Tuesday, March 19, 2019

Canada February 2019

Tesla Model 3 firm in the lead

January registered some 2.700 plugins in Canada, up 38% YoY, with the 2019 PEV share rising to 2.2%.

After a weak year end, due to the focus on deliveries south of the border, the Model 3 is back on track in Canada, with the midsizer being responsible for one third of all plugin registrations this year. 

On the other hand, the Nissan Leaf had a big tumble this month, dropping two positions, to 4th, with the 129 registrations made in February being the worst result in the Leaf 40 kWh career...The 62 kWh version is badly needed to pick up sales, Nissan.

Chevrolet had reasons to smile last month, with both models climbing positions, the Volt to #2 and the Bolt to #6, while the Honda Clarity PHEV joined the Top 10, thanks to 162 deliveries, its best result in the last 7 months.  

Regarding the manufacturers podium, Tesla (41%) is head and shoulders above the competition, while Chevrolet (14%) is in Second Place, with Mitsubishi (8%) now in Third Place.

Tesla Model 3 & Others

 Ford Fusion
Toyota Camry
Tesla Model 3
Honda Accord
Mercedes C-Class

Looking at the midsize vehicles general ranking, this time the Model 3 was 3rd, as the Toyota Camry managed to overcome it.

Looking into 2019, expect the Model 3 to continue running for the mainstream midsize category leadership, as the Premium midsize title seems to be already in the bag.


  1. maarten vinkhuyzenMarch 19, 2019

    The Model 3 production that could barely satisfy demand in 1 market last year, has to service three markets this year. With the RHD markets and the SR outside the USA adding to the demand in the summer, I see the Model 3 getting longer waiting lists all over the world.

    Model 3 might miss the #1 position in the mainstream midsize category because of supply constrained.

    1. Supply constrained? Production will be at least 300k units this year and could be as high as 400k. I don't think it will be supply constrained anywhere in the world. This Q1 alone, extrapolating the data from the Bloomberg Tracker, will see at least 75k units... Then it will likely continue to slowly, but steadily, increase over the rest of the year.

    2. There is no supply constrain. There is a demand constrain. You should check how many Model 3s are laying around in parking lots throughout the US because nobody is buying them. thousands. Some believe over 10K and growing every day as long as Tesla is producing at the rate they are.

      EU will be the same way. Many countries in the EU saw less than 1000 orders for the Model 3 according to the Model 3 tracker on 1/31. The total for the EU as of 1/30 was around 18,000. Sure this number has gone up by a few thousand since then but in almost 2 months of the order book being open only 18,000 people placed an order for a model 3. For comparison, the Leaf sold over 40K units in the EU last year. So even if Tesla doubled the number of orders they had on 1/31 they would still come in under what the Leaf did.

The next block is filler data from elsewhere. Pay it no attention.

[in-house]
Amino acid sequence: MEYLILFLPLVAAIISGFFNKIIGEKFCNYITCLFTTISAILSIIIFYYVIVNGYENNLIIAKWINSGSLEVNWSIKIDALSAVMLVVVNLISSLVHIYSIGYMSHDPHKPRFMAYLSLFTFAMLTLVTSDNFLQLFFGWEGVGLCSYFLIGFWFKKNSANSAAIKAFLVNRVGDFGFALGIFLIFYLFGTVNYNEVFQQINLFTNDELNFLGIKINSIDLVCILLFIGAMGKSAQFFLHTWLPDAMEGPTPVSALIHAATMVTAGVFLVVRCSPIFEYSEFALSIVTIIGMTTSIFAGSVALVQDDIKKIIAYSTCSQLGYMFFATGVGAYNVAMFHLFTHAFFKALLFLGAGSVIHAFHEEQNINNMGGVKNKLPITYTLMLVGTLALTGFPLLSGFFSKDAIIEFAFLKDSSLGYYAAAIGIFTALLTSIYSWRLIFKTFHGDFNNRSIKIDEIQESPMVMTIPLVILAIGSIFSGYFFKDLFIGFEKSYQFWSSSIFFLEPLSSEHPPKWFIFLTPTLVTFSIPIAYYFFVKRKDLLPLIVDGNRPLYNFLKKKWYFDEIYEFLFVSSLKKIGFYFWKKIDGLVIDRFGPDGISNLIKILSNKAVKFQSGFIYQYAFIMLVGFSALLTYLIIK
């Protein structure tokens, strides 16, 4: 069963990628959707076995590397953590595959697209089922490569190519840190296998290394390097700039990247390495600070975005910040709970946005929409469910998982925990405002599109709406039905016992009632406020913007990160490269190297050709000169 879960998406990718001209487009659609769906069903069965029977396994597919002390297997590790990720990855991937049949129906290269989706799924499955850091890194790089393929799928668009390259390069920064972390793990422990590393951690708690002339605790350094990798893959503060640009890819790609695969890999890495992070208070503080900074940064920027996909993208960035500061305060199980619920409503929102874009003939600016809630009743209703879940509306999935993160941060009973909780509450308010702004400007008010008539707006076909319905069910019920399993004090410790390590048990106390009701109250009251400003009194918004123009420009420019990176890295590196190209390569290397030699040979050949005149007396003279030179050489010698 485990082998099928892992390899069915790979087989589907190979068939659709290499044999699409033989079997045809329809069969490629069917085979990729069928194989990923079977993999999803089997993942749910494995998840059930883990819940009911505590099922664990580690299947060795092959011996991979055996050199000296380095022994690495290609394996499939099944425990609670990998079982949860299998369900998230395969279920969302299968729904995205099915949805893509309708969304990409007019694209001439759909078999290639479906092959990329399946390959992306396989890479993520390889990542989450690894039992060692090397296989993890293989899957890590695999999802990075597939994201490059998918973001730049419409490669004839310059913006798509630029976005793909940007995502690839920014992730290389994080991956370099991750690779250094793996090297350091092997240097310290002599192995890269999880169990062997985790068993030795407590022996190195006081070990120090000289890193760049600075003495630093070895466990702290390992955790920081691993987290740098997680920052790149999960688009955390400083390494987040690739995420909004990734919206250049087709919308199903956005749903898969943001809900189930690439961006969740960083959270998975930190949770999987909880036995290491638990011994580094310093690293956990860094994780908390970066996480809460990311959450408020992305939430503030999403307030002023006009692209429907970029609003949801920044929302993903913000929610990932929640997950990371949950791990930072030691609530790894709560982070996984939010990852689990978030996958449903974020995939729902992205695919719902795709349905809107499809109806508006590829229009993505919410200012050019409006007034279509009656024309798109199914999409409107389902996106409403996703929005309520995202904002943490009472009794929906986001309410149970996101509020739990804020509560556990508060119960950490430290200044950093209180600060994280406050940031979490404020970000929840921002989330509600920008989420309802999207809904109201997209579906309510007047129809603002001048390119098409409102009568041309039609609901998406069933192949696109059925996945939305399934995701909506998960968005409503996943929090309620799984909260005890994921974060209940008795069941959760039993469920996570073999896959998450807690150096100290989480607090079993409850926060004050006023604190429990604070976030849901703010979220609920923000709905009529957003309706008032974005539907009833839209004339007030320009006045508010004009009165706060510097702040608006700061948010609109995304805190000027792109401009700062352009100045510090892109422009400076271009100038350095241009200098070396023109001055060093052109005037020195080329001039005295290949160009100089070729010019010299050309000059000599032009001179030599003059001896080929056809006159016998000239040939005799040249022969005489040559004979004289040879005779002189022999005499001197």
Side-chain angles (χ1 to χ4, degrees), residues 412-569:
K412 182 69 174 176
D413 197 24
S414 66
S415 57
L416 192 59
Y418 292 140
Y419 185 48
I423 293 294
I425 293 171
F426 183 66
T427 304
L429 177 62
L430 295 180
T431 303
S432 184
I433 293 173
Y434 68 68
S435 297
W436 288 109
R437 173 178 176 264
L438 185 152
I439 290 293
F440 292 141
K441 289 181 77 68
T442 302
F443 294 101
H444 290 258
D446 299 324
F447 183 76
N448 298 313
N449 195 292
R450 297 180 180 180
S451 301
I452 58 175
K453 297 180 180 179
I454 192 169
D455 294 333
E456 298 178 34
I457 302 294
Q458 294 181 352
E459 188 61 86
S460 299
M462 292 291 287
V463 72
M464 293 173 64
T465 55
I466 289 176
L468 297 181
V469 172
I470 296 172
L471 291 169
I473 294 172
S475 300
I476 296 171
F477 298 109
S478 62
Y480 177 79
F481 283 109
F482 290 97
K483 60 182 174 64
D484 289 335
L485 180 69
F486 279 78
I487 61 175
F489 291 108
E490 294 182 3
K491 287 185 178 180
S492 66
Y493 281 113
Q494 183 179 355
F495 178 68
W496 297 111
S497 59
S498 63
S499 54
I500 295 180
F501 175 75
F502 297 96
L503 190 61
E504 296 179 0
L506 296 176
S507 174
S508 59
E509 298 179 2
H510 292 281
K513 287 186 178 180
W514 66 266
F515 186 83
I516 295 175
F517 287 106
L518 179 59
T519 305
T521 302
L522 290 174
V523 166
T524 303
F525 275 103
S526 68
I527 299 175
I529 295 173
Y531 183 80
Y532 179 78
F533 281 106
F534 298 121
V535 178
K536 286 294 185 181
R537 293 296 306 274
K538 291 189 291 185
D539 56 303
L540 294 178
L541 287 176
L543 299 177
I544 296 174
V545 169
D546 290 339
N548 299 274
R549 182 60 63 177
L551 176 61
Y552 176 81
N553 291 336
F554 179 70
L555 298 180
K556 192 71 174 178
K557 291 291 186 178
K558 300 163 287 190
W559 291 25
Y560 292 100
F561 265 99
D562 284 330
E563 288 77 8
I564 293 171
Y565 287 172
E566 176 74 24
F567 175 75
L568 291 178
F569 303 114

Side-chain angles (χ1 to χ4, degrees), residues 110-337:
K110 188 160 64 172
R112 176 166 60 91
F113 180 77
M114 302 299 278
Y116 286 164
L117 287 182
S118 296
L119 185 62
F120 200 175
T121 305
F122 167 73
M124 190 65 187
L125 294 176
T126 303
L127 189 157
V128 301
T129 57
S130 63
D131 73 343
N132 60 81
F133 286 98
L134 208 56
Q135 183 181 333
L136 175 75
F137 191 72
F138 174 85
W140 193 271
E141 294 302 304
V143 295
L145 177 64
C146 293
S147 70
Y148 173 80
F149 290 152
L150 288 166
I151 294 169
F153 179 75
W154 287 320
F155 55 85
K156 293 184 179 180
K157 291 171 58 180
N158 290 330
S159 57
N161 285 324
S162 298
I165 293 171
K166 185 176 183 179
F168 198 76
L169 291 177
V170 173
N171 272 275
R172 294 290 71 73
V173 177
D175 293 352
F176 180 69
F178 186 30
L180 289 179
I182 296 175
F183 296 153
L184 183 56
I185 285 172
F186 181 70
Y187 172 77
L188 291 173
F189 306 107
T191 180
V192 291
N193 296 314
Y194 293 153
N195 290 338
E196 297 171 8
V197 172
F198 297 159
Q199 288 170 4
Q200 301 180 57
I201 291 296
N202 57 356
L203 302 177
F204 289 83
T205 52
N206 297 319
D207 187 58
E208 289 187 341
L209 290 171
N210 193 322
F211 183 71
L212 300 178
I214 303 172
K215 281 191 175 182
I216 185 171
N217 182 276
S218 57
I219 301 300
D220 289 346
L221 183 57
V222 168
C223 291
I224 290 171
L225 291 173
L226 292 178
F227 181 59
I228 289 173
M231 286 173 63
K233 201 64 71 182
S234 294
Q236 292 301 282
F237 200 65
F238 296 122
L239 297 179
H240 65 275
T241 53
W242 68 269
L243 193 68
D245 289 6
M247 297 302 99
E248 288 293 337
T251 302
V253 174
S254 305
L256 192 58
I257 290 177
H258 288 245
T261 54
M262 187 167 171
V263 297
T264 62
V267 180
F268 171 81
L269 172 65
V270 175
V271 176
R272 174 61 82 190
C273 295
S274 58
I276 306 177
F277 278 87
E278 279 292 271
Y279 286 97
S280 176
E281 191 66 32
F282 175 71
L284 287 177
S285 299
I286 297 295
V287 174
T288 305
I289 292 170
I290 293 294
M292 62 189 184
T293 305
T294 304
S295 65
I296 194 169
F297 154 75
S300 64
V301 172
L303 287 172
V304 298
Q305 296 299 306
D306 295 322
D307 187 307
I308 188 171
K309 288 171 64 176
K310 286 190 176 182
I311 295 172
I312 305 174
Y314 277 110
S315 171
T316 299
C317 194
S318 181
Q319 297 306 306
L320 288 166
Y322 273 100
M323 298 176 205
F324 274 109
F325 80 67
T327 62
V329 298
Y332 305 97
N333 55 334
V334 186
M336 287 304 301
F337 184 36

China is worse from what we are seeing. One report had only 5000 units in customs and that was 4 boats already arriving. Even if another 4 boats arrive with cargo that would be just another 5000?

      This and what we are seeing Tesla doing is evidence that demand for all 3 of their models have plummeted. The Model Y reveal was a dud. It is just an fat Model 3 that is no where close to be considered a CUV or SUV and that does not come out for another 18 months while in the mean time other companies have BEV SUV/SUV in the market now or will be coming to market of the next 18 months.

    3. We've been hearing this nonsense about Tesla's overflowing lots for nine months now... Yet much to the short sellers' chagrin, there was no excessive inventory left at the end of either Q3 or Q4 -- and there is no reason to believe there will be at the end of Q1. Yes, Tesla does temporarily store a bunch of cars for various reasons (mostly boiling down to logistics) -- but there is nothing wrong with that. It's still likely a small fraction of what traditional car makers have stored on dealer lots.

      Just a few days ago, Tesla sent an e-mail asking employees to sign up for helping with deliveries, since they have 30,000(!) cars to deliver before the end of the quarter. They wouldn't need these sign-ups if nobody wanted to buy those cars. And more importantly, Tesla wouldn't have produced them in the first place: there is simply no rational reason to keep producing cars if they had no buyers for them.

      The Model Y unveiling had been planned for a long time to happen around mid-March. It doesn't have anything to do with Model 3 demand. (Why would it?) And just because there were no big surprises, doesn't make it a dud. On the contrary: it's exactly what people wanted: essentially a Model 3 -- i.e. the best car money can buy -- but with some extra room and a rear hatch.

    4. Got any links to back up any of these allegations that sound so damning? I haven’t seen anything about parking lots full of M3s laying round that nobody has ordered, but I have seen plenty of pictures of lots of M3s waiting to be shipped or having just been shipped.

  2. January registered... or February?

  3. Disappointing sales for the Nissan Leaf 40kWh, the arrival of the new Leaf 62 kWh is considered as essential as ever!

    1. Yes, the 62 kWh version is essential for the Leaf to recover in North America.

  4. Curious to know where these Model 3 figures are coming from? They do not show up in provincial Canadian registration data. Feb figures appear to be much lower.

    1. It is an estimate, that is why it has a e)

  5. I think that for Canada market non-Tesla numbers are as actual as for US... Probably report them at least at quarter basis?